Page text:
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Black Coring
Bleeding colors
Chrome Flashing in Ceramic Glazes
Clouding in Ceramic Glazes
Cracking of Clays During Drying
Dunting and Cracking of Clay Bodies During Firing
Foaming of Ceramicd Glaze Slurries
Glaze Blisters
Glaze Crazing
Glaze is Off-Color

Glaze Pinholes, Pitting
Glaze Shivering
Glaze Slurry is Difficult to Use or Settling
Leaking of Fired Ceramics
Lime Popping
Orange Peel Surface
Over Firing of Ceramic Glazes and Bodies
Powdering, Cracking and Settling Glazes
Runny Ceramic Glazes
Specking on Ceramic Ware
Splitting at the Plastic Stage
Staining of Fired Ceramic Glazes
Uneven Glaze Coverage

Glaze Marks or Scratches

Questions to ask and strategies to try to deal with glaze cutlery marking, that is, glazes that are too easily scatched by metal.


'Cutlery Marking' occurs where metal instruments leave marks on glazed functional ware. This happens because the glaze is not smooth, it is abrasing microscopic particles of the metal. However if the marks left by these particles cannot be removed easily this is more than a cosmetic problem. It suggests that they are trapped in surface pores or irregularities (pores are a possible sign of under melting).

This is a very different situation than if a sharp hard metal object can scratch the surface. Such a glaze is definitely soft and lacks resistance to wear (and has the potential of harboring bacteria). Even glossy glazes that appear hard can often be scratched easily. In general, the higher a glaze is fired, the better the potential to produce a hard and smooth surface. This is because high fire glazes require less flux and therefore have more silica and alumina. While a capable technician can produce a relatively hard glaze at any temperature range, a less knowledgeable or attentive person can make soft glazes in any range also. The chemistry principles of making a hard glaze are well known.

Compare the glaze to a known hard glaze using a simple scratching test.

Use a concrete nail or the sharp corner of a file (these are about 6.5 hardness on the Mohs approximate scale of 1=talc, 2=gypsum, 3=calcite, 4=fluorite, 5=apatite, 6=orthoclase, 7=quartz, 8=topaz, 9=corundum (ruby or sapphire), 10=diamond). Another excellent hardness testing method is to direct a sandblast at the surface at a 45 degree angle. Microsurface optical or electron analysis can then be used to accurately rate abrasion resistance (equipment to do accurate surface plots is now quite common in many industries, search the internet or check with some labs or universities).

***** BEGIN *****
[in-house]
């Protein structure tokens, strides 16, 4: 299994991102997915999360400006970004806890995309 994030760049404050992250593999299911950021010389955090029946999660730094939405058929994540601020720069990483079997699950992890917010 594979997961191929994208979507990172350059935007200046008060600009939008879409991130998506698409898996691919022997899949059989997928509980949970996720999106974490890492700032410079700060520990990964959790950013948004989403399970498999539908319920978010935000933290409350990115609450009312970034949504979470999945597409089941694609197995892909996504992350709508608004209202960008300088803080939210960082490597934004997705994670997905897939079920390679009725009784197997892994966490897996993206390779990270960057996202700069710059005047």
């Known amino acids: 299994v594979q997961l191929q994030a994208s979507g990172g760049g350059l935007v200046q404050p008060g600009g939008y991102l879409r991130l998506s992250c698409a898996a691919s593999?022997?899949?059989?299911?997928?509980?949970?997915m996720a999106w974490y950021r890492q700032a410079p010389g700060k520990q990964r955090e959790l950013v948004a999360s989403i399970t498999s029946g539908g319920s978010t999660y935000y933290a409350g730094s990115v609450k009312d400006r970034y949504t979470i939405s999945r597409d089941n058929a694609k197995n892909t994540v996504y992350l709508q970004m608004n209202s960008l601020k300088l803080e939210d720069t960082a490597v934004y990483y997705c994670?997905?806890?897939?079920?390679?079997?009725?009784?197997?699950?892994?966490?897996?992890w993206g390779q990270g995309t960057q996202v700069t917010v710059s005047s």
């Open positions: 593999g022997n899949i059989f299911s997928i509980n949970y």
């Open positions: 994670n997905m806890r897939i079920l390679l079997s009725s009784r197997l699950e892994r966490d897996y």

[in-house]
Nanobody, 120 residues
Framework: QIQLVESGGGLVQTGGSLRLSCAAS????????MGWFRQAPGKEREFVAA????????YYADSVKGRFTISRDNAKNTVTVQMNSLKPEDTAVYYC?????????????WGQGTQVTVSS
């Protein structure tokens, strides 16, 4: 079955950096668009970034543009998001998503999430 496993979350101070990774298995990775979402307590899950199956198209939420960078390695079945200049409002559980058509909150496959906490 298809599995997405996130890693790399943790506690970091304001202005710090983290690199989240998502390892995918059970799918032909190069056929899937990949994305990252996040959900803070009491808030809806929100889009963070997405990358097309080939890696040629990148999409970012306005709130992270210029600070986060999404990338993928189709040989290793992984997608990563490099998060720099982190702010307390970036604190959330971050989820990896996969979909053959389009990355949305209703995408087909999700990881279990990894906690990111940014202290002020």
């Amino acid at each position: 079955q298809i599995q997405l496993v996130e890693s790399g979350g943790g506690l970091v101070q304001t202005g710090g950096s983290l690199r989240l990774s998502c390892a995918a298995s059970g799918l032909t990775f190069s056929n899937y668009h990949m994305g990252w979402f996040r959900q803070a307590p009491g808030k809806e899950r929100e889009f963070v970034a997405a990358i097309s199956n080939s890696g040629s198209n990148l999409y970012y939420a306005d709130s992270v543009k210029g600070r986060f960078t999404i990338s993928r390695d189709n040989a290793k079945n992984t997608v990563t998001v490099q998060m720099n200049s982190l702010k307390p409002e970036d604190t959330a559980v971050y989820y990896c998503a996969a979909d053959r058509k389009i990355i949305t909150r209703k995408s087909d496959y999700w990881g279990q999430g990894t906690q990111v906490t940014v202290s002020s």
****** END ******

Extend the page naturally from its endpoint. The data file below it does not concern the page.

Is the surface smooth? 
Can you mark the surface with a fork or knife?

If a glaze surface has angular protrusions then it will be abrasive. This is often the case in glaze that feels silky to the touch. Microscopic sharp edges will cut away minute chunks of metal, possibly holding them in surface voids.

Are marks difficult to remove?

Is the glaze mature?

Related Information


Articles Low Budget Testing of Ceramic Glazes
There is more to glazes than their visual character, they have other physical properties like hardness, thermal expansion, leachability, chemistry and they exhibit many defects. Here are some simple tests.
Glossary Cutlery Marking
Ceramic glazes that mark from cutlery are either not properly melted (lack flux), melted too much (lacking SiO2 and Al2O3), or have a micro-abrasive surface that abrades metal from cutlery.
Media Predicting Glaze Durability by Chemistry in Insight-Live
How to spot out-of-balance indicators in the chemistry of ceramic glazes that suggest susceptibility to scratching or cutlery marking.
By Tony Hansen
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